I have low EQ. How can I improve it?

Hey all, I lack skills in social dynamics. It was suggested by one of my employers I act like I'm 'on the spectrum' of being autistic. I don't think I lack empathy, but perhaps just am dense when it comes to social conventions.

So how can I improve my EQ?  How can I be less awkward?

EDIT:  I am referring to workplace EQ.  I have ok EQ in a social setting like a bar. But I'm not skilled in workplace EQ/banter, and in reading between the lines. I tend to come off as too direct in the workplace and sharp-elbowed, despite working to be more round-elbowed. 

Comments (32)

 
  • Prospect in IB-M&A
Oct 26, 2020 - 9:22pm

Just force yourself into socially demanding situations. Doesn't quite apply during COVID but go to parties and bars/clubs. Outside of this, try to learn a little debate. It helps you get the fundamentals of speaking (both conversational and public) down and also helps you work on things like constructing arguments and facilitating goal-based, focused conversation.

 

Also, go get an autism test.

 
Oct 28, 2020 - 12:04pm

Oh, I socialize all the time.  In a public setting like a bar, etc. I can be quite charming. It's in the business workplace that I feel I am a bit too autistic and low EQ. Business requires reading between the lines, and navigating a complex human maze. That's what I'm referring to.

 
Most Helpful
Oct 26, 2020 - 10:05pm

Practice your active listening skills. Not simply sitting there, staring at people while they talk - but focusing on what they are saying. Ask them questions, follow ups. When you talk to them again - remember something they said or about them. I think this is the most crucial thing that everyone can do. It's the little things that really matter - someone's birthday, asking about their dog, how their S/O is doing.. or simply how that project you worked on with them ended up. 

Share things about yourself - they don't need to be deep, dark secrets but often times when people come off as low EQ they can be focused on transacting vs. interacting. Maybe find things you have in common with folks, and talk about them whenever you speak with specific people. 

Watch your cadence - my guess is you are an extremely bright, technically sound person who when asked about something could speak for quite a while on it, at a deep level. If I'm right - many times that can come off as talking down to people, depending on how you say it. Best way is to pick someone you are close to and explain a problem or whatever to them, and see how it comes off. This goes double for writing emails - I still, depending on the audience, will have people read over an email to make sure I'm not unintentionally saying something that could come off poorly. 

Toastmasters is another option if you haven't done it. Would recommend it. Outside of that it's simply practicing but, more importantly, finding people who will hold you accountable and help you be self aware when necessary.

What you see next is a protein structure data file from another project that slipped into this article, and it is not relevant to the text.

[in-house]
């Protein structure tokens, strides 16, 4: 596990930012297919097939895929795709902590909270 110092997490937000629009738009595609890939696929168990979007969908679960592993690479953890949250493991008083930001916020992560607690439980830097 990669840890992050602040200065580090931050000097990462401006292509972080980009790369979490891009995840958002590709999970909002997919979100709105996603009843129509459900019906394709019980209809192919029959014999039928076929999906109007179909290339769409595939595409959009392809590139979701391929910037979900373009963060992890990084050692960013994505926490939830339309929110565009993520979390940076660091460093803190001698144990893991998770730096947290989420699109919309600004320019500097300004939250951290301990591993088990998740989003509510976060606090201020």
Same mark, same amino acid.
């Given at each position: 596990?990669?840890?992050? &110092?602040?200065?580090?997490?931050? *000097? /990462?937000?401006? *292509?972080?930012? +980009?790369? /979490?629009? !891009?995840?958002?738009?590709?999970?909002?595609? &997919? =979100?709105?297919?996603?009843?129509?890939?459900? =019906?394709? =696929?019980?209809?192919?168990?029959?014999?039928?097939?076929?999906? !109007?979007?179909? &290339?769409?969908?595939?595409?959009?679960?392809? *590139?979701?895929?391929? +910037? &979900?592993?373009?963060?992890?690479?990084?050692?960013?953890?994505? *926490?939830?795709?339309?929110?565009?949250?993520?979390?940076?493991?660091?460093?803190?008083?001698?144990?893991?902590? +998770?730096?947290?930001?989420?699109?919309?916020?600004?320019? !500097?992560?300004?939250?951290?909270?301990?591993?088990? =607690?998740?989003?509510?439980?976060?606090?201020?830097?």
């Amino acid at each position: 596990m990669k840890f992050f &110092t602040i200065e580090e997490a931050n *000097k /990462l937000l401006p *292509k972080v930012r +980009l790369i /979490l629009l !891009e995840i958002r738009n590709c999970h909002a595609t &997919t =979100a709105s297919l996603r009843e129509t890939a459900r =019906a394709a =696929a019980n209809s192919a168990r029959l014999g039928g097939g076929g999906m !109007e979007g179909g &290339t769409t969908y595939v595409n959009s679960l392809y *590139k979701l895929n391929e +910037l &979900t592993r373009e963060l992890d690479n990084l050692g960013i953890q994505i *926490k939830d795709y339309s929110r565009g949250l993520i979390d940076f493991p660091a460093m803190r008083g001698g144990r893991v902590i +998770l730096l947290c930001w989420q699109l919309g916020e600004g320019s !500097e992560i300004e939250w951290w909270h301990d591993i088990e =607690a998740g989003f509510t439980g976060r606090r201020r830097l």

Oct 26, 2020 - 11:21pm

SBed.

 

I have been intentionally practicing my "pit-diving" skills, as one of my ex-consultant professors called it, in the last 2-3 years. Over the weekend, I attended a wedding, where I met a lot of people from high school, some of them not from my own class. I initiated 5 conversations, and re-established connections with 3 of them (knew each other back then) and got contact info from 2 others people. (Fwiw, both are women...)

 

I have heard some of my friends say to my face that I have a horrendously low EQ, while some of my friends say that I have one of the highest EQs they've ever seen. Tbh, this is baffling, but I believe as long as you have a philosophy about how to get along with people, be genuine, and show your interest when people talk about themselves (I got to admit, some people just don't evoke any interest from my conscious mind), you will be fine.  

 
Oct 27, 2020 - 12:12am

Edited

"If you always put limits on everything you do, physical or anything else, it will spread into your work and into your life. There are no limits. There are only plateaus, and you must not stay there, you must go beyond them." - Bruce Lee

 
Oct 27, 2020 - 11:51am

This is all good advice, I'd also recommend reading books about small talk and making conversations. Helps you realize how to continue to ask good questions and keep people engaged. 

If you really wanted to go deep on it, I'm sure you could find a coach of sorts that would help you. 

Active listening is hugely important, as stated above, and I'd also think/practice how you look when you're listening. Slights nods and smiles at the right time go a long way whereas I can tell when someone is fidgety, looking around the room, clearly thinking about other stuff as I'm talking. I usually don't really care, but I do make a note that the person isn't a good conversationalist.

One side anecdote, I've had the opportunity to have a few brief 1v1 conversations with some F500 CEOs, one of the biggest things I took away from all those convos is how much I felt "heard" during those convos. Whatever it was, those folks had a way of listening and paying attention to me in a way that I hadn't ever experienced. It was anything crazy like intense eye contact or being overenthusiastic, I think they were just great listeners, had a perfect balance of knowing when to smile/laugh/nod/interject etc, and made me feel like I was the only thing they were focusing on at that point. I don't think it's an innate skill, it can be practiced and built, even if you do have have a slight social disorder.